John Updike Updike, John (Vol. 139)

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Introduction

(Contemporary Literary Criticism)

John Updike 1932–-

(Full name John Hoyer Updike) American novelist, short story writer, poet, essayist, critic, and memoirist.

The following entry presents an overview of Updike's career through 1998. See also John Updike Criticism (Volume 1), and Volumes 2, 3, 5, 7, 9, 13.

One of the most critically respected and popular contemporary American authors, Updike is recognized as a brilliant prose stylist and keen social observer. Though best known for his award-winning quartet of Rabbit novels, Updike has amassed a large and ever-growing body of best-selling novels, acclaimed volumes of short stories, essays, and poetry since his arrival on the literary scene in the late 1950s. An incessant chronicler of post-war American mores and morals, Updike alternately finds humor, tragedy, and pathos in the small crises and quandaries of middle-class existence, particularly its sexual and religious hang-ups. His trademark fiction, largely informed by Christian theology, classical mythology, and popular culture, is distinguished for its broad erudition, wit, and descriptive opulence.

Biographical Information

Born in Shillington, Pennsylvania, Updike was the only child of Wesley R. Updike, a high school mathematics teacher, and Linda G. Hoyer. At age thirteen he moved with his parents to a farmhouse outside of town where the newfound isolation encouraged him to convey his creative fantasies to paper in the form of stories and cartoons. Updike received a scholarship to attend Harvard University in 1950. There he majored in English, studied art, and served as editor of the Harvard Lampoon, to which he contributed writings and illustrations. At Harvard, Updike also met Radcliffe undergraduate Mary Entwistle Pennington, whom he married in 1953; they divorced in 1977 and Updike married Martha Bernhard the same year. After graduating summa cum laude in 1954, Updike received a one-year Knox Fellowship to study art at the Ruskin School of Drawing and Fine Arts in Oxford, England. The next year he resettled in Manhattan and took a staff position with the New Yorker, which published his first professional story, “Friends from Philadelphia,” in 1954. Updike maintained a lifelong association with the New Yorker, within which his fiction, verse, and reviews have regularly appeared throughout his career. In 1957 he left the magazine and moved to Ipswich, Massachusetts, to devote himself to full-time writing. He quickly established himself with his first three books—poetry in The Carpenter Hen and Other Tame Creatures (1958), short stories in The Same Door (1959), and his first novel, The Poorhouse Fair (1959), winner of the Rosenthal Award from the National Institute of Arts and Letters. He received a Guggenheim fellowship in 1959 and numerous major awards followed, including the National Book Award for The Centaur (1963), O. Henry awards for his short fiction, a Pulitzer Prize and National Book Critics Circle Award for both Rabbit Is Rich (1981) and Rabbit at Rest (1990), and a National Book Critics Circle Award for Hugging the Shore (1983). Updike was elected to the National Institute of Arts and Letters in 1964 and the American Academy of Arts and Letters in 1977, and was honored with the National Medal of the Arts in 1989.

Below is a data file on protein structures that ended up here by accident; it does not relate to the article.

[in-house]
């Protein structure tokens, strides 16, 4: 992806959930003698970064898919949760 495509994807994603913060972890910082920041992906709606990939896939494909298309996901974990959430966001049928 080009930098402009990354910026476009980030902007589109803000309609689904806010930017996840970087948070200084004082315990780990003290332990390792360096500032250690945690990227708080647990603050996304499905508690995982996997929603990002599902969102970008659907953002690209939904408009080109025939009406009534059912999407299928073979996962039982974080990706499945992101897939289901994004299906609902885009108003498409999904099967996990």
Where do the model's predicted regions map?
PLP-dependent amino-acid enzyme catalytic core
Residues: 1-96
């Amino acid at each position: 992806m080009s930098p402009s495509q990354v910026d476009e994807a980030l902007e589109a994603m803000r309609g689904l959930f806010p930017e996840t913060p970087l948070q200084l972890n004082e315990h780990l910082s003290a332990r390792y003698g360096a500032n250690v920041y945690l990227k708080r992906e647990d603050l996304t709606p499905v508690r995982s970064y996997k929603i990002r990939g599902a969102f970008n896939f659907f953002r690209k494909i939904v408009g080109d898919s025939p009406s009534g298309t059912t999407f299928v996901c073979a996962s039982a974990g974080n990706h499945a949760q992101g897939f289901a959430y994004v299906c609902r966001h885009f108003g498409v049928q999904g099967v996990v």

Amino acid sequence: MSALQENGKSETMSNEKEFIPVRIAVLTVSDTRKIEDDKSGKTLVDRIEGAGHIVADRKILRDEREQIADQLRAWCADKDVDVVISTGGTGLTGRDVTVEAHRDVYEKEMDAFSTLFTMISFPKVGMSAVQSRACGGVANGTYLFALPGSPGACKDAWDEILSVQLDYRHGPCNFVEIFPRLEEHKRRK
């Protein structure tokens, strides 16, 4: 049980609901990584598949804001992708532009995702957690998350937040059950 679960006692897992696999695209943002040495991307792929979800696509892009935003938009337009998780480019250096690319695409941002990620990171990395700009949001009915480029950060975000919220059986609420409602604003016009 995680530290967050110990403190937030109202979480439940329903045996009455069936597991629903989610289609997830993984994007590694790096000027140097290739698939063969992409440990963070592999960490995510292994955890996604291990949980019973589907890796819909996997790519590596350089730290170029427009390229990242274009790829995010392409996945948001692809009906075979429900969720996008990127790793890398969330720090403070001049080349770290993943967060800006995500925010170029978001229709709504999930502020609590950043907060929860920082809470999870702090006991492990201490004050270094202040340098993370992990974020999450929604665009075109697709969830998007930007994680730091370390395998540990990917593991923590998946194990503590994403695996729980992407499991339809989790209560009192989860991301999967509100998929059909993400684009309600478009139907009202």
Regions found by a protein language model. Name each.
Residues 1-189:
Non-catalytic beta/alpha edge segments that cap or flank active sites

Major Works

Updike's distinct prose style, an essential feature of his fiction and discursive writings, is characterized by its vividly descriptive passages, carefully wrought in a striking, allusive, and often esoteric vocabulary that reveals the author's infatuation with language itself. Often placed within the realist tradition—a literary mode that favors precise, objective description of the real world over imaginative or idealized representations—much of Updike's fiction is presided over by a wry, intelligent authorial voice that conscientiously portrays the physical world and everyday life in lucid detail. Philosophically aligned with Søren Kierkegaard, Karl Barth, and Paul Tillich, Updike's fiction revolves primarily around the problem of faith and...

(The entire section is 71,873 words.)